A few lingering snow showers will still be possible today…mainly over the mountains. Otherwise skies are expecte twitpic.com/c3ycrj
— NWS Pueblo (@NWSPueblo) February 15, 2013
— Snow.com (@snowdotcom) February 15, 2013
One final upper level disturbance in northwest flow aloft will result in periods of moderate snow for the northern twitpic.com/c3x3fd
— NWS Grand Junction (@NWSGJT) February 15, 2013
From The Mountain Mail (Joe Stone):
Arkansas River basin snowpack ended January at 63 percent of average, second lowest among Colorado river basins. Only the South Platte basin recorded a lower snowpack percentage, 54 percent, according to data compiled by the Natural Resources Conservation Service.
From the Roaring Fork Conservancy:
Current snowpack for the entire Roaring Fork Watesrhed is 70% of average. The snowpack is still lower than both last year and 2002 measurements. The Crystal River sub-watershed is holding the most snow of the entire watershed while the Independence Pass and Nast (in Fryingpan sub-watershed) sites are holding the least.
From the Grand Junction Daily Sentinel (Gary Harmon):
Weekend snows helped, but they hardly heaped up hopes for an improved water outlook in the Colorado River Basin. If anything, the storm underscored just how dry the winter has been. “Seriously, what snowpack?” Colorado River Water Conservation District spokesman Chris Treese said when asked about early indications from weekend snows.
“This is bad. It may not be desperate — yet. We can still creep closer to normal, but it’s going to take a very wet spring, and that’s not the long-term forecast.”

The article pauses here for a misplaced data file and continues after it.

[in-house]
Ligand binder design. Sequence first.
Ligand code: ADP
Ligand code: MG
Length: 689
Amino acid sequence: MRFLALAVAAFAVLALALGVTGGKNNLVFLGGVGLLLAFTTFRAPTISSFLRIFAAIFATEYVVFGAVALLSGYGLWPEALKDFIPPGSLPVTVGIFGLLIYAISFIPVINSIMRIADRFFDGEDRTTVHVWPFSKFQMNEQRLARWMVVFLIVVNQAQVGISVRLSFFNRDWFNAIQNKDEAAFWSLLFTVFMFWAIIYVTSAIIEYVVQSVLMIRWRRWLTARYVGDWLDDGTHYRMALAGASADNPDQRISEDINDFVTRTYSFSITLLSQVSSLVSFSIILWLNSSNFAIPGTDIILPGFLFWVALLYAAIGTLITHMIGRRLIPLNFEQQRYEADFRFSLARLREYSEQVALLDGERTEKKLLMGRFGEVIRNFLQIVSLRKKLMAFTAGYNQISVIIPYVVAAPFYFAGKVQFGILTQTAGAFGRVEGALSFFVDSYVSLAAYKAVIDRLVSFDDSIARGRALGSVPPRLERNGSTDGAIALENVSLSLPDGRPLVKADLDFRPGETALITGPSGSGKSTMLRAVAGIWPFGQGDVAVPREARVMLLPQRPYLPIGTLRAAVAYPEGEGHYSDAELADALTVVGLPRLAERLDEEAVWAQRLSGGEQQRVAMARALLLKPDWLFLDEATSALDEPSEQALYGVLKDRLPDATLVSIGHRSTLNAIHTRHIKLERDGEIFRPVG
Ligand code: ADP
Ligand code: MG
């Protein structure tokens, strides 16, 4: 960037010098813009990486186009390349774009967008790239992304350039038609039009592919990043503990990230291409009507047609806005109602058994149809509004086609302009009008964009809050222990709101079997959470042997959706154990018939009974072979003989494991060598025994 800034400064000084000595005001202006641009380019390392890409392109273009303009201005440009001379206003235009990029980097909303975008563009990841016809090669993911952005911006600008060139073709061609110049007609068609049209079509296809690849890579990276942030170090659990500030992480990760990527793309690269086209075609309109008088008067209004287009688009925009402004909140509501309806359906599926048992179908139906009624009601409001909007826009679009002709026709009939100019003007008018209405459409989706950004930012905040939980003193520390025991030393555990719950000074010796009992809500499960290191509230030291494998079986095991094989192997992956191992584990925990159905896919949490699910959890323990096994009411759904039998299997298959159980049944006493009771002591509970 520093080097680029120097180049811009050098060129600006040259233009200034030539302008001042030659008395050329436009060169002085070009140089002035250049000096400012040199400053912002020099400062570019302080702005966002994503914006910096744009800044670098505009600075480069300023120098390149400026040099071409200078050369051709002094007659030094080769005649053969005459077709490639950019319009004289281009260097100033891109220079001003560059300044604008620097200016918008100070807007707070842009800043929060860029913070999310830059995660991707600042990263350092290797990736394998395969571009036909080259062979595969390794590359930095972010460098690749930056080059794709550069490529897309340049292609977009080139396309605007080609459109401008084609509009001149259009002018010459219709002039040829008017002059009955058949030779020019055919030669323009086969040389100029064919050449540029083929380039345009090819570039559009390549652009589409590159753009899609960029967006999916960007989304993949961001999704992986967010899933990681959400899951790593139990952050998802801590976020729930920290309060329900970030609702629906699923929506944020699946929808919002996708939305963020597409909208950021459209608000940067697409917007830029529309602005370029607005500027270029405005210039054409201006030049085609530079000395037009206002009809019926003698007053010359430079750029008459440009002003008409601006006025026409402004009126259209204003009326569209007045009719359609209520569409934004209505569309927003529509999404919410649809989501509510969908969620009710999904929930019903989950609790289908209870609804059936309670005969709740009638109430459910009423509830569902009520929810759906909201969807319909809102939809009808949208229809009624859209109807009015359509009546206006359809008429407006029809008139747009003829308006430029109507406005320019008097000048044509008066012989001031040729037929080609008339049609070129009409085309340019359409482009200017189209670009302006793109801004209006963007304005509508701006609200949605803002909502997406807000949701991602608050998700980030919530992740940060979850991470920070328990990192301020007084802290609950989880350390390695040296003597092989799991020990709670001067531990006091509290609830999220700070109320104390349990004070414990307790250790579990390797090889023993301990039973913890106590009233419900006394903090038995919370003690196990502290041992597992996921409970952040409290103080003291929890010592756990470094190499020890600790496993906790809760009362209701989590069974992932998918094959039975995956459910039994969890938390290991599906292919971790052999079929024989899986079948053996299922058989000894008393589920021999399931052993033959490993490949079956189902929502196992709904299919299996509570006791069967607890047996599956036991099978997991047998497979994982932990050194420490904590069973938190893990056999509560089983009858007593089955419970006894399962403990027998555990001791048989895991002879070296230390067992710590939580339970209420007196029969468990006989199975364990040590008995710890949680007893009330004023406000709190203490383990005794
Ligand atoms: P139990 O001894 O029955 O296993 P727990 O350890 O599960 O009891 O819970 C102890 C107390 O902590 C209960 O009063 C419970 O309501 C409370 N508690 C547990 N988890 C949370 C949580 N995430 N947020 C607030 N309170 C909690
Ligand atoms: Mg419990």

The first look at new snowpack on Grand Mesa feeding Ute Water Conservancy District was marginally more encouraging. Ute’s watershed reached 78 percent of average in the Mesa Lakes area and 72 percent of average at Park Reservoir, while the overall Colorado River Basin is at 78 percent of average, spokesman Joe Burtard said.
“While this snowstorm has helped our snowpack levels, it is still not enough to ease the concern of domestic water providers in the Grand Valley.
At this point, we will need an above-average snowpack by the time spring hits our mountains” in early April.
Rick Brinkman, water services manager for Grand Junction, said he noted about a foot of new snow atop the mesa over the weekend, but cautioned that little can be concluded for one or two months. The city’s watershed was at 98 percent of normal snowpack at the beginning of February.
The Drought Response Information Program, a joint effort of water providers in the valley, is still gearing up for water restrictions, said Chairman Dave Reinertsen, also the assistant manager of Clifton Water District.
From the Fort Collins Coloradoan (Bobby Magill):
Meanwhile, the snowpack in the South Platte River Basin, which includes the Poudre River Drainage and all of Larimer County, remains the weakest and driest in Colorado. Water content of the snow in Northern Colorado was 61 percent of median for the season and 66 percent of average for the year, according to U.S. Natural Resources Conservation Service Snotel data for Feb. 14. That’s about 30 percent drier than the region’s snowpack was on the same date in 2012 — one of the driest winters on record that led to the most destructive wildfire season in Colorado history. The water content of the snow for Feb. 14, 2012, was 95 percent of median for the season and 94 percent of average for the year.
Today, the wettest region of the state is southwest Colorado, where the snowpack is about 90 percent of normal and drought conditions are improving.
All of north-central Colorado, including most of Larimer, Jackson and eastern Weld counties, are seeing severe drought conditions, according to U.S. Department of Agriculture Drought Monitor data released Wednesday. The eastern edge of the state remains under extreme and “exceptional” drought conditions.